Sunday, May 03, 2009

49 Reasons to Do Risking Connection Training

We recently had the privilege of working with two groups of people for which we had provided Risking Connection® training. In both cases we were now providing Train-the-Trainer Training, and we started by asking the participants about changes they had noticed in their work or their agency since having the original Risking Connection®. Here is what they said (and these are verbatim!):

1. The every day milieu is different-we avoid shaming the kids and remember that symptoms are adaptations.We are more hopeful and positive- we live in solutions.

2. We teach about how to maintain and repair relationships, that it is okay to make a mistake and you can fix it.

3. There is more awareness of vicarious traumatization (VT), and we use the worksheets to discuss it.

4. We have a new awareness of what the kids have been through.

5. We process our VT and it helps us not to take things personally.

6. The staff is talking more with the kids, finding out where their behavior is coming from.

7. We understand the relationship between the kids’ background and their behaviors.

8. We engage the child more.

9. We understand the difference between shame and guilt.

10. Focus on relationships and repair helps staff relationships.

11. We look at the client’s self capacities and how we can build them.

12. The direct care workers and youth counselors are more involved in the treatment.

13. There has been a decrease in AWOL and self harm among our kids.

14. We see the power of listening and validating.

15. We tried a pilot program in one classroom, we shifted the way we look at behavior and there has been a decrease in acting out.

16. I’m using Risking Connection® concepts in animal assisted therapy!

17. There is more openness to look at kids differently.

18. There is more time spent processing, which leads to better behaviors.

19. The kids are involved in their own treatment plans.

20. We are teaching the parents new ways to understand their kids’ behaviors.

21. We have incorporated it into staff language.

22. We use Risking Connection® concepts in supervision with staff.

23. I can see differences between staff who have and have not been trained.

24. We help the kids make the connection between their behaviors and their pasts.

25. We remember that a child is doing the best he can.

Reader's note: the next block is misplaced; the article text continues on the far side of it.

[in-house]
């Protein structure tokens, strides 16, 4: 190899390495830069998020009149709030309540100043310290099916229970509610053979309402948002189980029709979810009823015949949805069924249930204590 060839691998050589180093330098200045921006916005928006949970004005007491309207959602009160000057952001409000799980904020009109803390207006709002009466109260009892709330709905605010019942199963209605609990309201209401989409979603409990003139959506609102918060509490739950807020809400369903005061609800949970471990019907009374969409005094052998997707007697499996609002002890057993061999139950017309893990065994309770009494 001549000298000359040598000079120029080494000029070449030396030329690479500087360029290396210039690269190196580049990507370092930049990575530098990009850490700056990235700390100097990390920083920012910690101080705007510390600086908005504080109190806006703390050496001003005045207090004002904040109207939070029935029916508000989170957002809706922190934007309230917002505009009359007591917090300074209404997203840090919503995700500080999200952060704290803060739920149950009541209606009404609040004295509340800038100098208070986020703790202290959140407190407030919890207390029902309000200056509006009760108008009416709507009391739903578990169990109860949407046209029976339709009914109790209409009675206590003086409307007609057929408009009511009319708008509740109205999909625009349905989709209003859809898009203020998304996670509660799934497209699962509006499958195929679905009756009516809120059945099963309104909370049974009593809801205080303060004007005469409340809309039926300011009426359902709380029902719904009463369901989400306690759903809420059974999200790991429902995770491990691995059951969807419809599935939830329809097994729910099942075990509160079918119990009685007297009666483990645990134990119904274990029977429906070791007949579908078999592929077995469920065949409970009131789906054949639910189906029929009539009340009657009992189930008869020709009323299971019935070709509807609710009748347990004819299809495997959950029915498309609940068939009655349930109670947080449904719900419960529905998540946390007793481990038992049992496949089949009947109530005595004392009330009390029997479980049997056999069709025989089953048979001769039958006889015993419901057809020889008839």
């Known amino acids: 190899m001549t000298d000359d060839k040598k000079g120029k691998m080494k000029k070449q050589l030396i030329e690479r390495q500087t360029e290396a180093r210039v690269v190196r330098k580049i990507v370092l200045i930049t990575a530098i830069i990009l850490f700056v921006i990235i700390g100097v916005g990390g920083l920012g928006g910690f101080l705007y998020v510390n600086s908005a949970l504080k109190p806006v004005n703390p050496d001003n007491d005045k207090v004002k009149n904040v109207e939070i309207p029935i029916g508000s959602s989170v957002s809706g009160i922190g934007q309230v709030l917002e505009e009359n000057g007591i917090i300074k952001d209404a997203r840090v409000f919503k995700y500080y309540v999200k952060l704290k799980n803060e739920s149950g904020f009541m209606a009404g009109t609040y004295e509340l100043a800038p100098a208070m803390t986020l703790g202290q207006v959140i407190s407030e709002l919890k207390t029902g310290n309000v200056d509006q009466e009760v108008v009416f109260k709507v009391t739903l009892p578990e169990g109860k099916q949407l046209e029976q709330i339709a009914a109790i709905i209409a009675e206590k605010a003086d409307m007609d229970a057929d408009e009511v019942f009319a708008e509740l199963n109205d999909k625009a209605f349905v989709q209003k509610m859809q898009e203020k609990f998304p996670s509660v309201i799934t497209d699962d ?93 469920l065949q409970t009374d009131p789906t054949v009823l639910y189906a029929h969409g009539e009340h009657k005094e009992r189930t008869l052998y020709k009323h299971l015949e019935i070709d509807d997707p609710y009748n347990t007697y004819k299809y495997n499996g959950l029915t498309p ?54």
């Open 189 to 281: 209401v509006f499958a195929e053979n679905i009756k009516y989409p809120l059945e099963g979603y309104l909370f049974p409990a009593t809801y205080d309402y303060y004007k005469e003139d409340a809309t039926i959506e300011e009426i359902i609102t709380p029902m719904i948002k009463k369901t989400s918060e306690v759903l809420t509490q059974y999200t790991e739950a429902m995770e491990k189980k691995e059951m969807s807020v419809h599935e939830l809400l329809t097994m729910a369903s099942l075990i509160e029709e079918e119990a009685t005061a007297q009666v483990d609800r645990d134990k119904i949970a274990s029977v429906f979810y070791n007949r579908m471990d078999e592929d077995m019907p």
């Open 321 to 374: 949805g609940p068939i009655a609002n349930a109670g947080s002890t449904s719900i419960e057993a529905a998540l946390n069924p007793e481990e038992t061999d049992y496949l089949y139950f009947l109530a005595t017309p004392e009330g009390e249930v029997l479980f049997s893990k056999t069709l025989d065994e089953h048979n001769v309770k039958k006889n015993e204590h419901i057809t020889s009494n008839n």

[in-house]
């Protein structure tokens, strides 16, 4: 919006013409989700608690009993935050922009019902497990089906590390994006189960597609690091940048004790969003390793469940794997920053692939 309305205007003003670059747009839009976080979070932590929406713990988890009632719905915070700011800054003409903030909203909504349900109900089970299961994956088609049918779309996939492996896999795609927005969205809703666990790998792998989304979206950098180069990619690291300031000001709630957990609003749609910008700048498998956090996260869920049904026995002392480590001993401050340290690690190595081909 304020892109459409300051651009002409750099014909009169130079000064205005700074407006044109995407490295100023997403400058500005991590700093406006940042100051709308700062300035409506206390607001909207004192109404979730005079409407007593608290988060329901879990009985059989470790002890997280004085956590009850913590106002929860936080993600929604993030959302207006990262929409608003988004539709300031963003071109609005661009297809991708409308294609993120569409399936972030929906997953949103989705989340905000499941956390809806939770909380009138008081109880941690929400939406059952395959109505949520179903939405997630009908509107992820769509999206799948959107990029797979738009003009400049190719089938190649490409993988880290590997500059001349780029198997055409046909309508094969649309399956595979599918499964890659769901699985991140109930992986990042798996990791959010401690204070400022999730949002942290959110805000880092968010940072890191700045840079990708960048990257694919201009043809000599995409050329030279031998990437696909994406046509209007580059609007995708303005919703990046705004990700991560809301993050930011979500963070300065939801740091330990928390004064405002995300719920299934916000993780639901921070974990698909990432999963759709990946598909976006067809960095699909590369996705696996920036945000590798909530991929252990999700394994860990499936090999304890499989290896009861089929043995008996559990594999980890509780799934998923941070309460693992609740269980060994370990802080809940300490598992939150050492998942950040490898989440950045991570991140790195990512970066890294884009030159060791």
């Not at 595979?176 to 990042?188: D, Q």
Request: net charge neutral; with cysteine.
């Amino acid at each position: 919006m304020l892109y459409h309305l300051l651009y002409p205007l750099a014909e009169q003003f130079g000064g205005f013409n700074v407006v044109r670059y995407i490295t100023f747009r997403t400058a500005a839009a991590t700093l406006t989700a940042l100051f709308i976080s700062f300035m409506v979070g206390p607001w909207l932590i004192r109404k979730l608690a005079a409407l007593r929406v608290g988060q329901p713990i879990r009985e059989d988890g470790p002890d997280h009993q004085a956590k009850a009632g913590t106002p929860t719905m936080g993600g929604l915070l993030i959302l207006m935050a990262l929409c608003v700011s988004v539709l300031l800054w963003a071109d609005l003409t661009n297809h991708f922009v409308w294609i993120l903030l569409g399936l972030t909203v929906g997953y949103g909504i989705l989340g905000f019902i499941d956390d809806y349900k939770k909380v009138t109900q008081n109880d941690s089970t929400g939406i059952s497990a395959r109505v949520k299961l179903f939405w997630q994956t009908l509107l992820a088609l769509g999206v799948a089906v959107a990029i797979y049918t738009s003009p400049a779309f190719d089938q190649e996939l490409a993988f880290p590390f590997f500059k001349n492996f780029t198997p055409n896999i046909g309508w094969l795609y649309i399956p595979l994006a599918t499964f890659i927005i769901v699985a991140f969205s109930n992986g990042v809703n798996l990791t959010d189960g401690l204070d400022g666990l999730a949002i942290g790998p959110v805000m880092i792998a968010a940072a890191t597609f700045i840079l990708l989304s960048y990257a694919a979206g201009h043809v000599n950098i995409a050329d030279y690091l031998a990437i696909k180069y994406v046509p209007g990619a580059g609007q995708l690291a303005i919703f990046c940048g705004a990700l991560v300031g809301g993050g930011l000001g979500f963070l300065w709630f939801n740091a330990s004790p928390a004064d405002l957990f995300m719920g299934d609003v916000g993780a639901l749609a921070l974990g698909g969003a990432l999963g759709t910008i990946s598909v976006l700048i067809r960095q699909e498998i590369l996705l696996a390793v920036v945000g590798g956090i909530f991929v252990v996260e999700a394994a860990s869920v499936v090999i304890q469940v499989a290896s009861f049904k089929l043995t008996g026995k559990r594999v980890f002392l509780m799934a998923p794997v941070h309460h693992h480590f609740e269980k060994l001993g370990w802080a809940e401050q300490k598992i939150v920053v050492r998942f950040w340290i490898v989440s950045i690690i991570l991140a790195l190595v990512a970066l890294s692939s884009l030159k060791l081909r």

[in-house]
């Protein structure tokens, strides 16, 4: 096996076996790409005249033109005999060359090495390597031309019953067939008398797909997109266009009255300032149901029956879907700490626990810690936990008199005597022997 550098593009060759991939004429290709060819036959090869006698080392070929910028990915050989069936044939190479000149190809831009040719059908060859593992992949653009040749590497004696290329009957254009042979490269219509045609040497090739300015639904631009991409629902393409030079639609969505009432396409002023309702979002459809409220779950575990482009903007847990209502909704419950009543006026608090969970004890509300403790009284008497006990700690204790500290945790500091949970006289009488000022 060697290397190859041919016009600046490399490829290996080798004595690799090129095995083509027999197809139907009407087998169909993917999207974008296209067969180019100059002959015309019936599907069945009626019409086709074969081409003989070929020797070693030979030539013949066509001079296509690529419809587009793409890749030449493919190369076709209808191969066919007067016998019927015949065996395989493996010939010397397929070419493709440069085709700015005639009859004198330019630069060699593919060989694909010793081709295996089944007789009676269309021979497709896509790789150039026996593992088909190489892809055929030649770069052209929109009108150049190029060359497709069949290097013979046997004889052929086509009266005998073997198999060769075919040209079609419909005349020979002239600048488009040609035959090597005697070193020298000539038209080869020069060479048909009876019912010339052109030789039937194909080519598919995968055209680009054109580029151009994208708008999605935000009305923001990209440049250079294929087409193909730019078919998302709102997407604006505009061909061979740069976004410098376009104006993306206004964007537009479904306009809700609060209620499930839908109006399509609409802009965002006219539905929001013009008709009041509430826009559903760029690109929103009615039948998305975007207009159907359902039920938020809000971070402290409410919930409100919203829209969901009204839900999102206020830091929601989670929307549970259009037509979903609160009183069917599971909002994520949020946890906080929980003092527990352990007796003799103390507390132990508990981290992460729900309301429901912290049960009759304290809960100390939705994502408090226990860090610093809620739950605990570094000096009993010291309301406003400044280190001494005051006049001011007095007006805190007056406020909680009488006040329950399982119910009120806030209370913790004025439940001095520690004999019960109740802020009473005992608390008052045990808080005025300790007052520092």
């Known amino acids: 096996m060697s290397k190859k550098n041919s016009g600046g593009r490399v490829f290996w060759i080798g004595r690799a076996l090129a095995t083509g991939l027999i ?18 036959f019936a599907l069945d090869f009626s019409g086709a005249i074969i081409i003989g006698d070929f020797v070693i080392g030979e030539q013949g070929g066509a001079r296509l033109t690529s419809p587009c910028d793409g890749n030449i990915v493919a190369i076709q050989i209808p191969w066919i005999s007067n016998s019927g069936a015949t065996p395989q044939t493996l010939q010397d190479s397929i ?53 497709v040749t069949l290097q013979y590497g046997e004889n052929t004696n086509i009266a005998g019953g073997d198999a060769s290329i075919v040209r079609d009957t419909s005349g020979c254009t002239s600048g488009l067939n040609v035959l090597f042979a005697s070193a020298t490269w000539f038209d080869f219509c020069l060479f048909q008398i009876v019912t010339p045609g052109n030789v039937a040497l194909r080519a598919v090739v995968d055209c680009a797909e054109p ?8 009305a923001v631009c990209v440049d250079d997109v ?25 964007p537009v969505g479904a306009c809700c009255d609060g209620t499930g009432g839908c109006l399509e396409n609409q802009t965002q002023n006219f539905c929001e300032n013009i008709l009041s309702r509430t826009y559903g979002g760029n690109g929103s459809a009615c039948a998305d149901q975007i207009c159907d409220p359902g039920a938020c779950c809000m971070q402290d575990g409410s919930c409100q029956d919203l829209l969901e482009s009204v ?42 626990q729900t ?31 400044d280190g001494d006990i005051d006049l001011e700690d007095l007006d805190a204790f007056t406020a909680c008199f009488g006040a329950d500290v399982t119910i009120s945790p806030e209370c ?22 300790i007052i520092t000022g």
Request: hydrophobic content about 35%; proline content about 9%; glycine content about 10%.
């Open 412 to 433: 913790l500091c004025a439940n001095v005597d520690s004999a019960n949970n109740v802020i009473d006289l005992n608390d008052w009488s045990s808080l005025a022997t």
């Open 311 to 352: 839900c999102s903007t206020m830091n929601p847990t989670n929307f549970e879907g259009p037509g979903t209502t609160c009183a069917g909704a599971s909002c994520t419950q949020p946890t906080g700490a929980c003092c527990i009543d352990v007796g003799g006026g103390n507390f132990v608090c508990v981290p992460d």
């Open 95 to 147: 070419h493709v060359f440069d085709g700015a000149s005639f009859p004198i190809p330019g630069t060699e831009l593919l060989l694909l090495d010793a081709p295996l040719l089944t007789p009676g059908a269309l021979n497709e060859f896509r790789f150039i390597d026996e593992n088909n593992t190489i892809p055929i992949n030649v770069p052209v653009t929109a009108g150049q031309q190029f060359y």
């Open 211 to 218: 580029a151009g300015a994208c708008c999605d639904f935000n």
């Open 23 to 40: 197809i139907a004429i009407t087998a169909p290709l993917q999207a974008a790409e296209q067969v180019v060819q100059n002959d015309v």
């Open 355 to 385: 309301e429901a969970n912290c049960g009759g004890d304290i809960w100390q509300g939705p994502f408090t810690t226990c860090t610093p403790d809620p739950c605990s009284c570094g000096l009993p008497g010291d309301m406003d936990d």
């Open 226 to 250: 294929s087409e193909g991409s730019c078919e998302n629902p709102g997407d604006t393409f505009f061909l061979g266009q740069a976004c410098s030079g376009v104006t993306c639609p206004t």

26. We are using this language and concepts in training foster parents.

27. It has changed how we talk about the kids.

28. We take better care of each other.

29. We use RICH with each other and the kids.

30. We have more self awareness.

31. We took the consequence list off the wall to avoid shame.

32. We talk about the function of behavior.

33. This place feels more like a real home.

34. We stress relationships with new employees.

35. We are nicer to each other.

36. We are more understanding of the parents.

37. We understand that VT is normal and we validate each other’s feelings.

38. We are saying "yes" more to the kids.

39. We are actively listening.

40. We are more hopeful.

41. We have given the kids more self determination in running their own living units.

42. We let the students talk.

43. We have more emphasis on strengths.

44. We pay more attention to staff who get hurt.

45. We are teaching these concepts to our bus drivers!

46. We have changed our hiring practices.

47. We pay more attention to providing good transitions for the kids.

48. We are more flexible.

49. I am a kinder, gentler person.

Pretty powerful!

If you haven’t had this training yet- what are you waiting for?

1 comment:

Kate Nicoll said...


As you know, Soul Friends has been incorporating trauma-informed practices in our group animal assisted therapy for children over the past five years. Serving more than 3,000 children many of them with severe trauma and abuse histories. Through research efforts with several local universities, we have begun to demonstrate on Animal Assisted Interventions can help children improve their sense of hopefulness and empathy. We are currently in the midst of a study and looking for sites interested in a University of Hartford doctoral students investigation of how the group curriculum may help children's traumatic symptoms. We currently have one site at a CT residential facility. If anyone else is interested they could contact me

Kate Nicoll, LCSW